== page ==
Despite all this, however, the game's strong suits may be its undoing. As popular as Persona may be, it is still a niche series made even more niche by becoming a fighting game, a pill that gets harder to swallow when you have to master combos and fighting game techniques such as footsies and spacing which can be grueling trials of endurance for a novice player. After story mode has been completed, the sheen might fade and diehard fans might not be compelled to play online despite the numerous tools ASW has provided to make any fight a button mashing affair. Of course, I hope I'm wrong, but we saw it happen to BlazBlue; hopefully, ASW will find a way to keep the game fresh, and the community will find a way to make it relevant because it would be a shame for such a gem to fade into obscurity as countless other amazing games have.
In the Persona games, each character has a Persona with special skills they use in battle. So it is here - each character has strong and weak attacks, and their Persona has strong and weak attacks. The Persona has a mini health bar of its own, and five hits sends it away to recover. There are even status effects like poison and dizzy, similar to what you'd see in a RPG.
Like ASW's other games, this game is fast-paced, technical, and with lots of different systems around. In addition to Persona break, there is a meter (indicated with SP, like the Persona games) and a burst. However, the game doesn't get bogged down by the details. It's pretty accessible, and even has a simple auto-combo system for the button mashing beginners.
Persona 4 Arena is a full-featured game with a detailed story mode with lots of cinemas and voice acting, an arcade mode, a score attack mode (with full online leaderboards), a lesson mode with tutorials, a challenge mode, and a training mode. Unlike a Capcom fighter, there's lots to do here.
The online mode deserves a special mention. First of all, the game does an excellent job of pairing up fighters with good connections. This is key, and it's also why so many games seem to have bad "netcode." By pairing up people who have a good connection to one another, Persona 4 Arena ensures the hard work is already done. Once in the game, it plays great - as close to a local game as one can get. Combos hit, action is intense, and it just works great. In terms of feature set, online has the usual 8-player lobbies, detailed player cards, and leveling for each character. There are no issues here.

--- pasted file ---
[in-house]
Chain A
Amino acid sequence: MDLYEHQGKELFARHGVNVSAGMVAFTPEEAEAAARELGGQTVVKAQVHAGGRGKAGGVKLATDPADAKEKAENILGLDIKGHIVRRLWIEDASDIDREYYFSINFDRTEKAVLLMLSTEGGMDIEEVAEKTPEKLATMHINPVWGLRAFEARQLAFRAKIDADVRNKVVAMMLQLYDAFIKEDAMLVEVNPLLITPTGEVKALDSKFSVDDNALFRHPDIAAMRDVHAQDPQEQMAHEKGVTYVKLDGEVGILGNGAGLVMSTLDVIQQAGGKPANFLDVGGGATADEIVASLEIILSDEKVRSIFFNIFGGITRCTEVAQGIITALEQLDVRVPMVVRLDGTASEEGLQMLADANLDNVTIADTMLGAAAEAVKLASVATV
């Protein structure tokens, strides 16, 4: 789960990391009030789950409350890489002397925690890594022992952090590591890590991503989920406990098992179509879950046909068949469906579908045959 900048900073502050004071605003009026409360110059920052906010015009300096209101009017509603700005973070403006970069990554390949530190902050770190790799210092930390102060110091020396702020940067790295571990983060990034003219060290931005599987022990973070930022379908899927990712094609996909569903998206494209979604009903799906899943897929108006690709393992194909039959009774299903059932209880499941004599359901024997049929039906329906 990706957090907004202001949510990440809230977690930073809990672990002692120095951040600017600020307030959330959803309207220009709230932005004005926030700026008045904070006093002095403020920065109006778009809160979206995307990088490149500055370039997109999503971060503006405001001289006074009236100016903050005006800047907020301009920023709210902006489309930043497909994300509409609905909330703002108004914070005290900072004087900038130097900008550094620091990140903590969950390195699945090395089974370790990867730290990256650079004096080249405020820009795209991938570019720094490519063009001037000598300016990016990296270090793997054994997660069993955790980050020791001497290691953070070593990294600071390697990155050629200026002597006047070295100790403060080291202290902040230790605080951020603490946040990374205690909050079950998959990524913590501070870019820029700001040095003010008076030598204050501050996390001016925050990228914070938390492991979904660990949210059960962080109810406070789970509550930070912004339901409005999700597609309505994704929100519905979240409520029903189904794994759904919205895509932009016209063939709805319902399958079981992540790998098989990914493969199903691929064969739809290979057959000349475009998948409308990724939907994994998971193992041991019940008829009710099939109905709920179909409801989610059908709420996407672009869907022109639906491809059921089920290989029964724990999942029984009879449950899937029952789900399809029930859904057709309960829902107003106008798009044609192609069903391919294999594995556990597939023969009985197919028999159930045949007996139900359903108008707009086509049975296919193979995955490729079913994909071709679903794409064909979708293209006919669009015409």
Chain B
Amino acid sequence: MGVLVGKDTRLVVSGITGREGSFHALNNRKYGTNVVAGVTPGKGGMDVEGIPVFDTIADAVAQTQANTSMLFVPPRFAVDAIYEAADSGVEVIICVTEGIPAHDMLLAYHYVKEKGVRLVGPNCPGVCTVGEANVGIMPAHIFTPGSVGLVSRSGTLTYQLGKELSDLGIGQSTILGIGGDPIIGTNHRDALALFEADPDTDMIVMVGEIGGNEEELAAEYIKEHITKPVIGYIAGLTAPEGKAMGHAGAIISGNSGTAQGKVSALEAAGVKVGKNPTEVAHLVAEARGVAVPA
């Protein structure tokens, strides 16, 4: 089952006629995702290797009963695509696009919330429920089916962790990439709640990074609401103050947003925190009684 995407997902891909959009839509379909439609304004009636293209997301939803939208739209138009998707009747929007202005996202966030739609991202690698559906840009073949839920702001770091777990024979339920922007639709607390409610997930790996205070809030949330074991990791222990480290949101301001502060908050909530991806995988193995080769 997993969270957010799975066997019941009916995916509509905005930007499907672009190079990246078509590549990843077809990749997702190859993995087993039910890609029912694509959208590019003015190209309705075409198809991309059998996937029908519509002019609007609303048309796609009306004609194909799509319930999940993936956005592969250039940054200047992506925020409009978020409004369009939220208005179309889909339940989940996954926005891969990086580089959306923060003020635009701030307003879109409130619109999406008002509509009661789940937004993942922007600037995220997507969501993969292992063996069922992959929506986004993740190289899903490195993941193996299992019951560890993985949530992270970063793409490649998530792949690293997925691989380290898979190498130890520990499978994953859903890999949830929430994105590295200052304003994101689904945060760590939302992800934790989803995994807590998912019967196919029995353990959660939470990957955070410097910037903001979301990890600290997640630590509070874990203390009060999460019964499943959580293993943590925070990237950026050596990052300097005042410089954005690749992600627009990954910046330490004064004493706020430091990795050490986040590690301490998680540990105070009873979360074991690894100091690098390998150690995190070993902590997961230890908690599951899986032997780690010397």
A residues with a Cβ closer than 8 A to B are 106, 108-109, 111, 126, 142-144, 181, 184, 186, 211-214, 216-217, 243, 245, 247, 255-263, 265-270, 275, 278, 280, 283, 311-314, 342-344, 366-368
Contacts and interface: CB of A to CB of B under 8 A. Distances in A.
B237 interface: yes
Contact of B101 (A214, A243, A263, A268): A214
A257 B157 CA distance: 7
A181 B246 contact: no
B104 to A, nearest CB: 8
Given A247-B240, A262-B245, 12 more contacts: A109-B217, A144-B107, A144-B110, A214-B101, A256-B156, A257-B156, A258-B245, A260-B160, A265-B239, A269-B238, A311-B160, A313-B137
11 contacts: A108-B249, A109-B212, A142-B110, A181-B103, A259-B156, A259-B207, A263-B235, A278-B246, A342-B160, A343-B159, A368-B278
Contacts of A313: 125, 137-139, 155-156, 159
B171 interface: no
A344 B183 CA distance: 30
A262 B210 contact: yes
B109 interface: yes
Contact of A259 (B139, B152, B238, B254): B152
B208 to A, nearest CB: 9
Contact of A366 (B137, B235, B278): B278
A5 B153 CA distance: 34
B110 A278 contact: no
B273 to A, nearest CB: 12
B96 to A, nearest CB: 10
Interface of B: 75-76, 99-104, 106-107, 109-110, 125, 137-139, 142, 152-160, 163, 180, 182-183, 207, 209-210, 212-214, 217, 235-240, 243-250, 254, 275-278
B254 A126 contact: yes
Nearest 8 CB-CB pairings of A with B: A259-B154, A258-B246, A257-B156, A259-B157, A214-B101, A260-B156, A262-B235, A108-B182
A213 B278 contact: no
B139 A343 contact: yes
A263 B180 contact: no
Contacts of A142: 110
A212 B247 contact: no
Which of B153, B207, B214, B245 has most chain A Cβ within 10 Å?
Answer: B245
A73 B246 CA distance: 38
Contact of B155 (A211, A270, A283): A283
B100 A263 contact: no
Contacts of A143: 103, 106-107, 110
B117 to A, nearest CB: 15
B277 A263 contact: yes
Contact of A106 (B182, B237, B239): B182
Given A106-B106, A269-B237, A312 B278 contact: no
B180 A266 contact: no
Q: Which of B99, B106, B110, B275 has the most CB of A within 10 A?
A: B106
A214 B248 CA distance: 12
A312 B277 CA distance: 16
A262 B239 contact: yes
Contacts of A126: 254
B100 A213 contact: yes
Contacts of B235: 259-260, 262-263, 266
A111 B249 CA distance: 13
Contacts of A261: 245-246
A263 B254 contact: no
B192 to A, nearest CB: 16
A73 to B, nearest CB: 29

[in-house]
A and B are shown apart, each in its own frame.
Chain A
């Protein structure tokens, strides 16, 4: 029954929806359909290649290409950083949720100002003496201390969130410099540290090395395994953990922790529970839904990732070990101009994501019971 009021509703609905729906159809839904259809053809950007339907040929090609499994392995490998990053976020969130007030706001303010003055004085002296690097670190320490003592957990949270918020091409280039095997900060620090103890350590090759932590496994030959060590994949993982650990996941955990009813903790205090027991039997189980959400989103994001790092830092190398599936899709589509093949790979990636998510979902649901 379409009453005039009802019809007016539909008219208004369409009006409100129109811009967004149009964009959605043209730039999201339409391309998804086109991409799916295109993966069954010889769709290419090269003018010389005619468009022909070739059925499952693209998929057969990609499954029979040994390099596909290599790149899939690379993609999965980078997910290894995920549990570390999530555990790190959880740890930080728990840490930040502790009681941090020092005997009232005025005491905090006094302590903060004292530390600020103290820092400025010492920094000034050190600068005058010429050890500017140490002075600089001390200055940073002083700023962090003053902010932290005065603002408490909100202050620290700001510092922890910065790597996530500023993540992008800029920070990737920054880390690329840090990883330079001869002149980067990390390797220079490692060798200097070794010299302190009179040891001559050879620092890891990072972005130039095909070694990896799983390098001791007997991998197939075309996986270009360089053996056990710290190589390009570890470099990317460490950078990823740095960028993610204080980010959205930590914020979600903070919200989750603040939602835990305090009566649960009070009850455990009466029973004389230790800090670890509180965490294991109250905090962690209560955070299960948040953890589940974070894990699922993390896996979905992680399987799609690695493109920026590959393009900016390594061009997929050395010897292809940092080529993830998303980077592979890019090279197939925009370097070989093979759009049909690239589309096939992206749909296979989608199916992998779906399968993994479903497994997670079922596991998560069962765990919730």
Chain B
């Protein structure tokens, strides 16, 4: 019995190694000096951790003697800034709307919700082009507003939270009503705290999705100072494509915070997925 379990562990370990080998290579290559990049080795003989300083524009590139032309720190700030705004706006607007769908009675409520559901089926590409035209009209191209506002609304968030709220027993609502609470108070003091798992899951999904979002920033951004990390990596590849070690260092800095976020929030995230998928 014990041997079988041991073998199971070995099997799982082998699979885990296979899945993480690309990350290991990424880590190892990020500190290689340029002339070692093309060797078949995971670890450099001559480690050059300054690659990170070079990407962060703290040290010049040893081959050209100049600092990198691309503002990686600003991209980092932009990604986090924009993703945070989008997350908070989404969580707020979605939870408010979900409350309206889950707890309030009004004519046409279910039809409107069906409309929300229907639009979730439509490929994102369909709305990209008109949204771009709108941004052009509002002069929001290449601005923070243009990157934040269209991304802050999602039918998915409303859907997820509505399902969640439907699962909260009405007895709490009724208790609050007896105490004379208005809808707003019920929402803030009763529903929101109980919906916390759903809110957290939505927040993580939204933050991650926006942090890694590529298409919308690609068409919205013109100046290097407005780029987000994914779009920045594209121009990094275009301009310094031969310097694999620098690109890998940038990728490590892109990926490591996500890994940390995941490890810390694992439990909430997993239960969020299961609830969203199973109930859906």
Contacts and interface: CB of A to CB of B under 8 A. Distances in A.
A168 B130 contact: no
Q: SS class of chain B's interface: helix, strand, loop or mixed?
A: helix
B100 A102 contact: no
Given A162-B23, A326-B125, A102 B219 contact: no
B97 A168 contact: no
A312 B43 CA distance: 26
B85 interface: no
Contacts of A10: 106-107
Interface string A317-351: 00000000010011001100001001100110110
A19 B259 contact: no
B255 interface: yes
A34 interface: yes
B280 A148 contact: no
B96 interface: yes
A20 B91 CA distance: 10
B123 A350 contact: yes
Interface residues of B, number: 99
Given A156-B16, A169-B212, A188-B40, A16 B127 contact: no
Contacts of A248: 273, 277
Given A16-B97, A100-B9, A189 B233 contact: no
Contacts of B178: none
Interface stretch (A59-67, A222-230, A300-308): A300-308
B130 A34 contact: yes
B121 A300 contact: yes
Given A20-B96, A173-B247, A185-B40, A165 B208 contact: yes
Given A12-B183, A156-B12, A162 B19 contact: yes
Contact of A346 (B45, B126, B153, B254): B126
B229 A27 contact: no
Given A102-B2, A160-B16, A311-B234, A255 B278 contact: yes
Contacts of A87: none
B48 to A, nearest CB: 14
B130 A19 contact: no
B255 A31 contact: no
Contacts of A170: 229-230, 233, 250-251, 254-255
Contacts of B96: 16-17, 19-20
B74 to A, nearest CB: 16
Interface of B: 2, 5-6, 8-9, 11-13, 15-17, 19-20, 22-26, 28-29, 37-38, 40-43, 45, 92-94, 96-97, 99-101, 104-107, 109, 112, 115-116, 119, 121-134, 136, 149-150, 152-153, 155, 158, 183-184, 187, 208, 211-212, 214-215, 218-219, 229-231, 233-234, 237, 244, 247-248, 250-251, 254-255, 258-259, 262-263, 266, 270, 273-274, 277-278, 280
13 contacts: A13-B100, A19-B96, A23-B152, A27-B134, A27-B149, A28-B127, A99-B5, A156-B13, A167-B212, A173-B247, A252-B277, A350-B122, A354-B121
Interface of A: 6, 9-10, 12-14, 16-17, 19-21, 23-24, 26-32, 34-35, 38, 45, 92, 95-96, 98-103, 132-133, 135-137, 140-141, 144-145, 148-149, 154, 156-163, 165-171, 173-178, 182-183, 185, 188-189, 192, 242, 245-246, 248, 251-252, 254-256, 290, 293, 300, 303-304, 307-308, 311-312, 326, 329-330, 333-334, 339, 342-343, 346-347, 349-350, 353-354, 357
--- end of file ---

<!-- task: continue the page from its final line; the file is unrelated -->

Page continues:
The Persona games have, for my money, some of of the best character designs out there in games. So it makes sense to put them in a genre with such an emphasis on individual characters. The sprites are huge and well-animated, with lots of flair and color. Each character looks great. The Personas look amazing - like their illustrations in the RPG menus. The backgrounds, inspired by Persona 4, are colorful and stylish. This game looks spectacular.
The voice acting is very good and features both English and Japanese VA. There is commentary throughout the match, similar to the voice acting in the Persona battles. The music is classic Persona - a mix of brooding tunes and upbeat Japanese pop. I'm not one of those people who listens to J-pop normally, but I love the Persona music.
I can see myself playing Persona 4 Arena for years. It's insanely good. I couldn't get into Marvel vs. Capcom 3 and Street Fighter X Tekken for a number of reasons, but Persona 4 Arena works.